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Pulse Check: The 9 Vital Questions You Need to Monitor Employee Engagement

Plus a heatmap template to help you hone in on employee hotspots

Where are your hotspots?

Read Time: 3 minutes 15 seconds

I work as an advisor to several companies.

The first question I typically ask is, “What are your biggest problems?”

Any executive earning their paycheck has an answer to this. But the one that catches many of them off guard is the follow-up:

“How do you know?”

And there are two drivers behind this question:

  • What is the evidence of that problem?

  • Can they separate big problems from small ones?

We’ve already shared playbooks on Diagnosing Problems to Root Cause and Building a Compelling Synthesis, but we haven’t spent as much time talking about the role data play in operating a high-performing team.

And today, I want to help you craft a simple system to keep an accurate pulse on your team. At a minimum, you should use this when taking on a new team, but I found it helpful to keep this system up to date at least quarterly.

Why?

  1. Nothing builds trust like consistency.

  2. Nothing disinfects like sunlight.

Plus, you reinforce what matters by asking the same questions over time. And you’ll spot (and be able to respond to) small changes that might have otherwise gone unnoticed.

Free Workshop: Confidently Lead Hard Conversations

Join 200+ leaders from our community on June 5th at 2 pm ET.

We’ll dive into the practical tactics to lead three make-or-break conversations:

  • Your underperforming employee

  • Your unresponsive boss

  • Your unhelpful peer

In just 30 minutes, we’ll provide you with an easy-to-apply framework and specific tactics for tilting the odds in your favor.

The Big Question(s)

My goal with any survey is to ask the fewest possible questions to get the highest possible signal. For my team, that means getting a read at different elevations and making sure I understand the environment (which I control) and how they see themselves in it (which they control).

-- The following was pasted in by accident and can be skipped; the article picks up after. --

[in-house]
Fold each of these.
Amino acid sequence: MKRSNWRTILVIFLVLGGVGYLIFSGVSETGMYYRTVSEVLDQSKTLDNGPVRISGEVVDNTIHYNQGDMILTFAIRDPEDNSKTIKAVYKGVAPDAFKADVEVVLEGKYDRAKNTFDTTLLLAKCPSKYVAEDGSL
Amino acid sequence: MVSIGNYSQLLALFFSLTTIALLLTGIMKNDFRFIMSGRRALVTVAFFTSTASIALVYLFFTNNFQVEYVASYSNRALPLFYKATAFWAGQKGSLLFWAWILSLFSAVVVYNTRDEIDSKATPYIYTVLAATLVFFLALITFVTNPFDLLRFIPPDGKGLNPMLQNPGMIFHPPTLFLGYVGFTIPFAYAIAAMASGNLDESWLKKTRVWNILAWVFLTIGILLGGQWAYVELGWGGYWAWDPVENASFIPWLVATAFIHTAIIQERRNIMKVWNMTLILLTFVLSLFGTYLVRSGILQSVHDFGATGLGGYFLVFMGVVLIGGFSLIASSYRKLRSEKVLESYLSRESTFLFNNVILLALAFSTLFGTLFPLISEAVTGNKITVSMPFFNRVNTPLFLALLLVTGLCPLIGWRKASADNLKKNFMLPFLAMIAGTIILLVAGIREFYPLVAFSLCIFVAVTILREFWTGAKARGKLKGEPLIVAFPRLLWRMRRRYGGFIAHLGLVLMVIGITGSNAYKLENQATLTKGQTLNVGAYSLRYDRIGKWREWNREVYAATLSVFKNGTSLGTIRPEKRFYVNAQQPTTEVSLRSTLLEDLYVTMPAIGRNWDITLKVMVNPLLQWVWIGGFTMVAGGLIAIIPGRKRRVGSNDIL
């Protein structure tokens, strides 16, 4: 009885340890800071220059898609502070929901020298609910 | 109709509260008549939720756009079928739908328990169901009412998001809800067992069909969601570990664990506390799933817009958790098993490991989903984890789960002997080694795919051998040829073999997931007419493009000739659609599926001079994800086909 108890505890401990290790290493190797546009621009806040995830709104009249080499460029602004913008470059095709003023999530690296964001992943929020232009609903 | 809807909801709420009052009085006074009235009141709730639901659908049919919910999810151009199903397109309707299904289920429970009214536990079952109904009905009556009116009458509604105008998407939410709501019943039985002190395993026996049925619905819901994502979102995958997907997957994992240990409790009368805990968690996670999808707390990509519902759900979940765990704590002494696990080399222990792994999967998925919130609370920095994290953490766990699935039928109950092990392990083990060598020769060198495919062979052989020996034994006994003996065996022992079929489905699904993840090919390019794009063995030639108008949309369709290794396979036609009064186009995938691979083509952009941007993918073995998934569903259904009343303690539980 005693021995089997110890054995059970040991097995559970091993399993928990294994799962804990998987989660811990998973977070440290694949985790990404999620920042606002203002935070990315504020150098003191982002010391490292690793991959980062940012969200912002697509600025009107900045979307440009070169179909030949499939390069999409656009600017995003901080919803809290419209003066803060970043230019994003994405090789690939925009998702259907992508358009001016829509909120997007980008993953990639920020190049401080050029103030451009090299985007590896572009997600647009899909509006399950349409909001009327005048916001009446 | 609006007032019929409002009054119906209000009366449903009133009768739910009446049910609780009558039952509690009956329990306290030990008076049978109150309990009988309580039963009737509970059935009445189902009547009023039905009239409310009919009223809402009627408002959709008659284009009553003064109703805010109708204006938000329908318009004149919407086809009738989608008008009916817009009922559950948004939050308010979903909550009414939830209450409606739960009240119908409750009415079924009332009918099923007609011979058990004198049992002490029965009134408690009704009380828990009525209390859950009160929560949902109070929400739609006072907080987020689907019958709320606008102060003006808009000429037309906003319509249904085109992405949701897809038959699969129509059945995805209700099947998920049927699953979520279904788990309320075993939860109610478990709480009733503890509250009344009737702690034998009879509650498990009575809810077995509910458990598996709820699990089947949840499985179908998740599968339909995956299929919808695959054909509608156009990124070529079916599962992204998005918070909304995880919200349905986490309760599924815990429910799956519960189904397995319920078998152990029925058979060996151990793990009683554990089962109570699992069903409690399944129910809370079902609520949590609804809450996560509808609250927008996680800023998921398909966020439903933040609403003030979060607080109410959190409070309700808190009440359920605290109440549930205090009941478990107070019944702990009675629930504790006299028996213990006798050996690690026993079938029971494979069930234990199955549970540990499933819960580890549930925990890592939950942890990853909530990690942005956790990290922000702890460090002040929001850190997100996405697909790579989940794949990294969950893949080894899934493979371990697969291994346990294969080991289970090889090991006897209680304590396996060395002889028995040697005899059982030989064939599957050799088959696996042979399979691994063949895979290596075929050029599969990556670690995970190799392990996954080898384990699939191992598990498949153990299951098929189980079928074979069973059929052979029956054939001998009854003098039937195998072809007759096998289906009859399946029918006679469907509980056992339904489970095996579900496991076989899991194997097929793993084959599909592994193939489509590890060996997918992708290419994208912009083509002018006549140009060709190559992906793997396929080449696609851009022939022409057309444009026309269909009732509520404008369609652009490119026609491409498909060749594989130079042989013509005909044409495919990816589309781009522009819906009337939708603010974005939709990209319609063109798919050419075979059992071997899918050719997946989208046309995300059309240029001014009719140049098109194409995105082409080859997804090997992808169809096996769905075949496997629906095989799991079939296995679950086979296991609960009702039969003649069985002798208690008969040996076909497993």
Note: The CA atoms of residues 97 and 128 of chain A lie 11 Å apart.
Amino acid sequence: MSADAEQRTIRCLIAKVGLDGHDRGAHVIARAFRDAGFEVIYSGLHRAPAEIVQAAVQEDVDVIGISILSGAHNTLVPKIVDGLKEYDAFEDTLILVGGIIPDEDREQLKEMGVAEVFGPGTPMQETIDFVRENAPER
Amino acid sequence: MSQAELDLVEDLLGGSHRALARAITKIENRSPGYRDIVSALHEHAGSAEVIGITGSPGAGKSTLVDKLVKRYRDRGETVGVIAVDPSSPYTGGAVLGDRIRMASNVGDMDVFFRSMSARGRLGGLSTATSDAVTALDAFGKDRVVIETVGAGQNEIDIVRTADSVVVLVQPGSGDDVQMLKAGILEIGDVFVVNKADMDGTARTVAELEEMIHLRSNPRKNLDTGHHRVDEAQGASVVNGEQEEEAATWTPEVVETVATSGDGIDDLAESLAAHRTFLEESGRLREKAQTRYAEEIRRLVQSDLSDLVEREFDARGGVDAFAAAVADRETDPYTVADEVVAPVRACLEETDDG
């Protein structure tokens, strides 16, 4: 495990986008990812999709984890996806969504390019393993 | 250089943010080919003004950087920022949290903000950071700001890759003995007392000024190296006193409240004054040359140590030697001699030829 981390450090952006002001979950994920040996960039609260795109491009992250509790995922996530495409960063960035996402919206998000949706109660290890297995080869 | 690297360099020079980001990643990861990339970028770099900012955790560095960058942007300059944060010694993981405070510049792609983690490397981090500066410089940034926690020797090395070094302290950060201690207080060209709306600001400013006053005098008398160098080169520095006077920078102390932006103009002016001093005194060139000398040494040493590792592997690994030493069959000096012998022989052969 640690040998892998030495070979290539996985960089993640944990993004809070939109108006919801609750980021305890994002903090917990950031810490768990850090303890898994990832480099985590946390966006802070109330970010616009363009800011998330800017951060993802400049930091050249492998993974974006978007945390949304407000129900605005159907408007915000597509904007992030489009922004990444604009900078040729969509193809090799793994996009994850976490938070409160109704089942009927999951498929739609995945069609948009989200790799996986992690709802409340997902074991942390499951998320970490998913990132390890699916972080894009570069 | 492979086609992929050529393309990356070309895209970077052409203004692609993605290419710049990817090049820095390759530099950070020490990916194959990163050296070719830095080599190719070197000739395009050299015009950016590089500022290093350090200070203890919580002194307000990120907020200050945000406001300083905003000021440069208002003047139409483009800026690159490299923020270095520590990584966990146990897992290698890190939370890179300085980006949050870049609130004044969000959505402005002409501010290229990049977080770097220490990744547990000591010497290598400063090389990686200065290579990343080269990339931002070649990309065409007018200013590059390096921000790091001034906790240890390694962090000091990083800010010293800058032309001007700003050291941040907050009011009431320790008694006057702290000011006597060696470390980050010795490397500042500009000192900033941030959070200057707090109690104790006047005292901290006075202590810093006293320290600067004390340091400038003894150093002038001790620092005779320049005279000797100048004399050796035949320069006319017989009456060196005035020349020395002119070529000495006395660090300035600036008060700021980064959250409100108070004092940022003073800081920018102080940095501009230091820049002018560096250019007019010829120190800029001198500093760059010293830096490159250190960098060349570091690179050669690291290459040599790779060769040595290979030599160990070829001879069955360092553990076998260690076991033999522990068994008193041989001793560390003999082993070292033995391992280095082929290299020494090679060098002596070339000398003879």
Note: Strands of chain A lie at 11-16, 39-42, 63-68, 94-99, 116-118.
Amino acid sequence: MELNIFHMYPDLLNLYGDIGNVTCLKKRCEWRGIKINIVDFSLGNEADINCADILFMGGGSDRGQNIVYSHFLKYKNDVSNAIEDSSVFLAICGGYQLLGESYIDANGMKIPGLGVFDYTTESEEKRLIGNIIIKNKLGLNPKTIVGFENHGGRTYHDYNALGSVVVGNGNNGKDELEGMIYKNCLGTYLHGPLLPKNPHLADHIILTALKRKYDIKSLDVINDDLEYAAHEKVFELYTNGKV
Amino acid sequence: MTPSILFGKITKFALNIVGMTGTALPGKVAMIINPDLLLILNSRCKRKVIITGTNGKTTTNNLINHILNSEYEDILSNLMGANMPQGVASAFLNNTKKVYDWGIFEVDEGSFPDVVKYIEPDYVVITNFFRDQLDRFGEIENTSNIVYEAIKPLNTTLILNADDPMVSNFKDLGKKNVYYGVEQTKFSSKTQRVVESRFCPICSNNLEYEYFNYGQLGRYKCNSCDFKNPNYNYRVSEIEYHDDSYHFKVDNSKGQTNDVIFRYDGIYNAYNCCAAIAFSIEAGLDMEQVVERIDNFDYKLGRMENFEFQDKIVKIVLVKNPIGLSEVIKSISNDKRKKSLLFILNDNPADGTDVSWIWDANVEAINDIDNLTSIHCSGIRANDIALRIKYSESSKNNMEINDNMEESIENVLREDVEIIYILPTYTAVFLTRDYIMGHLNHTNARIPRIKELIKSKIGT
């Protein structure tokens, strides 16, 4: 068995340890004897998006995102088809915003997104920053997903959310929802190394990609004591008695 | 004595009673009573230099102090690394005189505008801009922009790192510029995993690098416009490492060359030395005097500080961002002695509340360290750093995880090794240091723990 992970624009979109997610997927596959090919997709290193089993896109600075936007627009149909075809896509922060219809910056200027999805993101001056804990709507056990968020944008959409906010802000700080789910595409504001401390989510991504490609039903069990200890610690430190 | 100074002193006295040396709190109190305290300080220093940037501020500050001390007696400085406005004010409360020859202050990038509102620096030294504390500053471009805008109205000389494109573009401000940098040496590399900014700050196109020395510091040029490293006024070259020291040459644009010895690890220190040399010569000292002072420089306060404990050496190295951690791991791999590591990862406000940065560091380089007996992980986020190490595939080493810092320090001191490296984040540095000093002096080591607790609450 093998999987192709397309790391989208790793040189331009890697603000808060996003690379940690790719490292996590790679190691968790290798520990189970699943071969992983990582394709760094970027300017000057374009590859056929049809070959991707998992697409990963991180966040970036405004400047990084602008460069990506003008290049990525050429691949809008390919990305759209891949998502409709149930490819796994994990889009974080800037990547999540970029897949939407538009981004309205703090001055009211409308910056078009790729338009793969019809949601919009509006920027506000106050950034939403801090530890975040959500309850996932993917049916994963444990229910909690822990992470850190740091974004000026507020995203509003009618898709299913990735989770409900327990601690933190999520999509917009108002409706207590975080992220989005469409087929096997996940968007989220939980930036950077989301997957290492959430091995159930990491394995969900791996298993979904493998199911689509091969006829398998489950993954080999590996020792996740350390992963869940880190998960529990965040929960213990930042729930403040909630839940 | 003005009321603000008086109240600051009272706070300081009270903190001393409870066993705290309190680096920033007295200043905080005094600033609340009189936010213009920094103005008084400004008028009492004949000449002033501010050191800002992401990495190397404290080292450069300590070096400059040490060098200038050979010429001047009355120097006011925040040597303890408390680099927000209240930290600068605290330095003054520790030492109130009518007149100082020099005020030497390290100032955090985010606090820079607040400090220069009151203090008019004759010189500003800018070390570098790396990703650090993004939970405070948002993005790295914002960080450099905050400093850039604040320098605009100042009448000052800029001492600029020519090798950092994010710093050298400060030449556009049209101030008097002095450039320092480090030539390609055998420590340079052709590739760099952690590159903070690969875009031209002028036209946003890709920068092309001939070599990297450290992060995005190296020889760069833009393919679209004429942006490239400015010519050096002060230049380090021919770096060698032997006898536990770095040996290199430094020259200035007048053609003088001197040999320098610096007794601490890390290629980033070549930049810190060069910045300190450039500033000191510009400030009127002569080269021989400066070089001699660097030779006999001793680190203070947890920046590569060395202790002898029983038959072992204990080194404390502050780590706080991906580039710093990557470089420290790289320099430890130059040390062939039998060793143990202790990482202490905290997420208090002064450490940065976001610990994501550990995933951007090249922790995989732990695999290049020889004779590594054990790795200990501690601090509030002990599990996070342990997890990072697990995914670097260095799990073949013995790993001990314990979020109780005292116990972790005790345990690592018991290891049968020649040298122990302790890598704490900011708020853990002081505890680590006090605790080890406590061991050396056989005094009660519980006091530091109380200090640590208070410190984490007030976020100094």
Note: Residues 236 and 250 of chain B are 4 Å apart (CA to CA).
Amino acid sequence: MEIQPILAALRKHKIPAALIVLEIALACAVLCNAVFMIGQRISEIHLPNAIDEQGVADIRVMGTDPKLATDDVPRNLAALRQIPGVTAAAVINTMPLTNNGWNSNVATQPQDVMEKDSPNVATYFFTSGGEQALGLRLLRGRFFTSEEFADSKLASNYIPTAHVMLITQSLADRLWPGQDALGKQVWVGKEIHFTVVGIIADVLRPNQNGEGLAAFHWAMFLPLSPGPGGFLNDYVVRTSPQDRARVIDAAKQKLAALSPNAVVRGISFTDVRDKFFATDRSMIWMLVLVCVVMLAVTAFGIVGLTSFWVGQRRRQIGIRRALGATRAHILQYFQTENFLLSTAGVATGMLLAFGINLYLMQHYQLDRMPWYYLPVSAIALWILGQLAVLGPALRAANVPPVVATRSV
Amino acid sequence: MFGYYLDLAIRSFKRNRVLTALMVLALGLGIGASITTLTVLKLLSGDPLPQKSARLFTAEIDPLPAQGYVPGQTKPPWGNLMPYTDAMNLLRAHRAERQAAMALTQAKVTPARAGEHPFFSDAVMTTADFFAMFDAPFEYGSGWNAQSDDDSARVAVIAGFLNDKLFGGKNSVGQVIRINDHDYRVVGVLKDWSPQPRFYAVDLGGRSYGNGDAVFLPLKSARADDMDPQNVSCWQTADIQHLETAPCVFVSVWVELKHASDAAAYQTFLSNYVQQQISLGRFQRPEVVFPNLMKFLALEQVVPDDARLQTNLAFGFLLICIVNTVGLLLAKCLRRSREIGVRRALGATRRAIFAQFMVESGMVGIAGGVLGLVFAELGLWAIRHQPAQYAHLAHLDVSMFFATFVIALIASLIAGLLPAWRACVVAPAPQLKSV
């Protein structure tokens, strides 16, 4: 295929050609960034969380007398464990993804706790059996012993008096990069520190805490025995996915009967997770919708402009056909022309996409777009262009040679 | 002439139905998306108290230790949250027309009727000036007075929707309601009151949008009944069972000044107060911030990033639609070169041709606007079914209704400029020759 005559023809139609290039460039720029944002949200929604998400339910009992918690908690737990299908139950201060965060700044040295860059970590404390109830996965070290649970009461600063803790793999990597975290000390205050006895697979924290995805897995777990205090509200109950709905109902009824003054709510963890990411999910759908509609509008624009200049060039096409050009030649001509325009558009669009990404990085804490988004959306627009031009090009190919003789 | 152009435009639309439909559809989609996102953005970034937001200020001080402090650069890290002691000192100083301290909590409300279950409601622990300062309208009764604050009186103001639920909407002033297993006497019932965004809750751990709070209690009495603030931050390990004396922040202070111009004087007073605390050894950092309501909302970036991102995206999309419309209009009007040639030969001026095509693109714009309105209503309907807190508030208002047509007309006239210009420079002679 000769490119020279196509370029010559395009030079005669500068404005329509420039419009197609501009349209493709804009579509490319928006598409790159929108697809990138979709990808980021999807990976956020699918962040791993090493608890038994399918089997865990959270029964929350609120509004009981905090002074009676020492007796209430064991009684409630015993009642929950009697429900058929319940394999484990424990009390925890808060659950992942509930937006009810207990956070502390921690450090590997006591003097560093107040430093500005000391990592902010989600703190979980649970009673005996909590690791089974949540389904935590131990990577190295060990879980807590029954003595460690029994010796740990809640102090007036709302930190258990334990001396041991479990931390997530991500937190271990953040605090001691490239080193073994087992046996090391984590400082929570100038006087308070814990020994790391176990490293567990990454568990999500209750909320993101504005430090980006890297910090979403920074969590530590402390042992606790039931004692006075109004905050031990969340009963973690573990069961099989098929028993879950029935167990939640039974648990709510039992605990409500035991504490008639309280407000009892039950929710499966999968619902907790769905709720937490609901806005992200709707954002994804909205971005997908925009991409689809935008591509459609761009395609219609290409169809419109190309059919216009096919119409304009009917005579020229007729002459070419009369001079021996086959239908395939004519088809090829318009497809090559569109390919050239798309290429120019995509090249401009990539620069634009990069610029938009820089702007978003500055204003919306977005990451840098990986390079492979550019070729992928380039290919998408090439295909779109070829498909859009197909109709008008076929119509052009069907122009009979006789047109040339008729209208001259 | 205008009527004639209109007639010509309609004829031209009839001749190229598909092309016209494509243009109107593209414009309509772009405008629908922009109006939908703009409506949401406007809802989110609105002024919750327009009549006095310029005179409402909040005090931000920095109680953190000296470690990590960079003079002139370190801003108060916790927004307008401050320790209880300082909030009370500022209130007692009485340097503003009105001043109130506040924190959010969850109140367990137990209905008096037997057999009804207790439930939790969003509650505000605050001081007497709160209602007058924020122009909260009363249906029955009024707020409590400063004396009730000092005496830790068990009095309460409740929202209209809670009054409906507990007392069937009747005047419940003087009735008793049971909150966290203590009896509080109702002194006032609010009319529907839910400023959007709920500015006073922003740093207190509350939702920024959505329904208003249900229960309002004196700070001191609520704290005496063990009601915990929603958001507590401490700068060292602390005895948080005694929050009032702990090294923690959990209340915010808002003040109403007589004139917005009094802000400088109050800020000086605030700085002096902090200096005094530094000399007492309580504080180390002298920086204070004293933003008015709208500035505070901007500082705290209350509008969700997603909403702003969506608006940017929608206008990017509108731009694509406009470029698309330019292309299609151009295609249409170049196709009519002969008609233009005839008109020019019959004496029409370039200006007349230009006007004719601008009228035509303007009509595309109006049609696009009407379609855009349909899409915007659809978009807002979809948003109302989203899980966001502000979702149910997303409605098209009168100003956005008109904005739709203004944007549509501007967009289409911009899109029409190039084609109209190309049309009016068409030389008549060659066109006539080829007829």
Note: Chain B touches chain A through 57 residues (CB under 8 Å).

I put all my questions on the same 1-5 scale (strongly disagree to strongly agree) so that they don’t have to shift frames, and I can build an easy-to-consume output (see below).

Here are my 11 questions with a brief explanation as to why I think they’re necessary.

Mission

  • I understand and am motivated by the team's mission.

  • At least 80% of my work contributes directly to that mission.

Logic: People need to feel connected to something bigger and that their work matters. Separating these two will help you prioritize communicating more vs. rethinking the work.

Expectations

  • I know what is expected of me at work.

  • I have the tools, access, and support to meet my goals excellently.

Logic: Everyone wants to win. Clear expectations show them how. If you’re cutting corners here, you’ll create a lot of headaches down the road.

Engagement

  • I am energized by the important work I'm doing.

  • In the last seven days, I have received recognition or praise for doing good work.

  • In the last seven days, I have received constructive feedback to improve.